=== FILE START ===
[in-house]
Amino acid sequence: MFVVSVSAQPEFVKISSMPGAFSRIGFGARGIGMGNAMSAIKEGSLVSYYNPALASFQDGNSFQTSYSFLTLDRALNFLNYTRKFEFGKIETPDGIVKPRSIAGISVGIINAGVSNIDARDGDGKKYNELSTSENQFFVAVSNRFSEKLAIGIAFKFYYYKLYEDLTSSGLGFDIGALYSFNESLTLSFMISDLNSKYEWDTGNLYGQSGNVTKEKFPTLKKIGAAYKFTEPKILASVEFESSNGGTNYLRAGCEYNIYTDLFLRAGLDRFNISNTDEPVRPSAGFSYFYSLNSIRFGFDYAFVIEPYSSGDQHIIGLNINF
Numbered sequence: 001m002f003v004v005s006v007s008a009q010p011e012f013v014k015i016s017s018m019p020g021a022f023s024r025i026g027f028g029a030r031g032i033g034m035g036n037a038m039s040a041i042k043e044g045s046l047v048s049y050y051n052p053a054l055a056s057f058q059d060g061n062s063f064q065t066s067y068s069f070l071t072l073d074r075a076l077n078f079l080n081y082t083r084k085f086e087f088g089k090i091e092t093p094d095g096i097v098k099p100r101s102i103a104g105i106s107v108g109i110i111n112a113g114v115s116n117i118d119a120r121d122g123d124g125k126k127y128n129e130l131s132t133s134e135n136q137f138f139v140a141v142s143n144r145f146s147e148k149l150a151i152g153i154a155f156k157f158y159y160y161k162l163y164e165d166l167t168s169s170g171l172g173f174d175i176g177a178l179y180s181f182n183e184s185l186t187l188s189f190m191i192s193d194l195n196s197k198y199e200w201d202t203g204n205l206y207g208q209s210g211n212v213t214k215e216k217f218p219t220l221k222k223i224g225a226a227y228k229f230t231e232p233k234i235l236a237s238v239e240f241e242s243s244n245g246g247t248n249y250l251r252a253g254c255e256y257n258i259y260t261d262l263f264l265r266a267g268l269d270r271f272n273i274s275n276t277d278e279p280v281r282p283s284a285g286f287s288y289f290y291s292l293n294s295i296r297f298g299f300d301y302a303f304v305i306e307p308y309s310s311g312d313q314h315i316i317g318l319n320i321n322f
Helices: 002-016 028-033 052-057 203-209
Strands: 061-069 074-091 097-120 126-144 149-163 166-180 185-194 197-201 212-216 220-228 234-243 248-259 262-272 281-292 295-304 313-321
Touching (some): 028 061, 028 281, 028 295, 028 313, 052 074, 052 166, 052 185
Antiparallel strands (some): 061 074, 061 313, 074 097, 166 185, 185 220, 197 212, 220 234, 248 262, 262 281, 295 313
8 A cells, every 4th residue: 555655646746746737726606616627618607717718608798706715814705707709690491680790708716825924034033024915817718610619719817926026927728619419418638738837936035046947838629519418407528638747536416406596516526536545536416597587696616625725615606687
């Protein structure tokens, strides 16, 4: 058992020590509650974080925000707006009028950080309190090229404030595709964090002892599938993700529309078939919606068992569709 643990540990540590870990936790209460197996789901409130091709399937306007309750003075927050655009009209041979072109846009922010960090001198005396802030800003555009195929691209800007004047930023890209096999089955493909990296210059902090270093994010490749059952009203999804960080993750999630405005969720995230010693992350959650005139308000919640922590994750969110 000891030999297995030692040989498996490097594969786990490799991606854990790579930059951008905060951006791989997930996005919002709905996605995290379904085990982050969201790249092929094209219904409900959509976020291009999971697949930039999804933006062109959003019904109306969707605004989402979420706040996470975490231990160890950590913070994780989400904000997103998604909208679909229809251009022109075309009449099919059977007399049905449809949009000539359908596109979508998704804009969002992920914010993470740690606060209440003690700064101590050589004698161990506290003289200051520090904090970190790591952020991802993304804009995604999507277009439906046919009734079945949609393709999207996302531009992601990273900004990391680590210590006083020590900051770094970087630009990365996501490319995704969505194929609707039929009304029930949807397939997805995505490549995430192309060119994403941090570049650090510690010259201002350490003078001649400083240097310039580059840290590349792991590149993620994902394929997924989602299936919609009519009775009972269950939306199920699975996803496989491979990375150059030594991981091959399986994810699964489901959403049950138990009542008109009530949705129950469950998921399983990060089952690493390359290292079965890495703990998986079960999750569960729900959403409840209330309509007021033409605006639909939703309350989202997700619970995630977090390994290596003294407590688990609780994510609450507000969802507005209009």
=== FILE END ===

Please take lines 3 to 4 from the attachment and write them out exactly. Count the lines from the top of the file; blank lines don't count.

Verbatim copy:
Numbered sequence: 001m002f003v004v005s006v007s008a009q010p011e012f013v014k015i016s017s018m019p020g021a022f023s024r025i026g027f028g029a030r031g032i033g034m035g036n037a038m039s040a041i042k043e044g045s046l047v048s049y050y051n052p053a054l055a056s057f058q059d060g061n062s063f064q065t066s067y068s069f070l071t072l073d074r075a076l077n078f079l080n081y082t083r084k085f086e087f088g089k090i091e092t093p094d095g096i097v098k099p100r101s102i103a104g105i106s107v108g109i110i111n112a113g114v115s116n117i118d119a120r121d122g123d124g125k126k127y128n129e130l131s132t133s134e135n136q137f138f139v140a141v142s143n144r145f146s147e148k149l150a151i152g153i154a155f156k157f158y159y160y161k162l163y164e165d166l167t168s169s170g171l172g173f174d175i176g177a178l179y180s181f182n183e184s185l186t187l188s189f190m191i192s193d194l195n196s197k198y199e200w201d202t203g204n205l206y207g208q209s210g211n212v213t214k215e216k217f218p219t220l221k222k223i224g225a226a227y228k229f230t231e232p233k234i235l236a237s238v239e240f241e242s243s244n245g246g247t248n249y250l251r252a253g254c255e256y257n258i259y260t261d262l263f264l265r266a267g268l269d270r271f272n273i274s275n276t277d278e279p280v281r282p283s284a285g286f287s288y289f290y291s292l293n294s295i296r297f298g299f300d301y302a303f304v305i306e307p308y309s310s311g312d313q314h315i316i317g318l319n320i321n322f
Helices: 002-016 028-033 052-057 203-209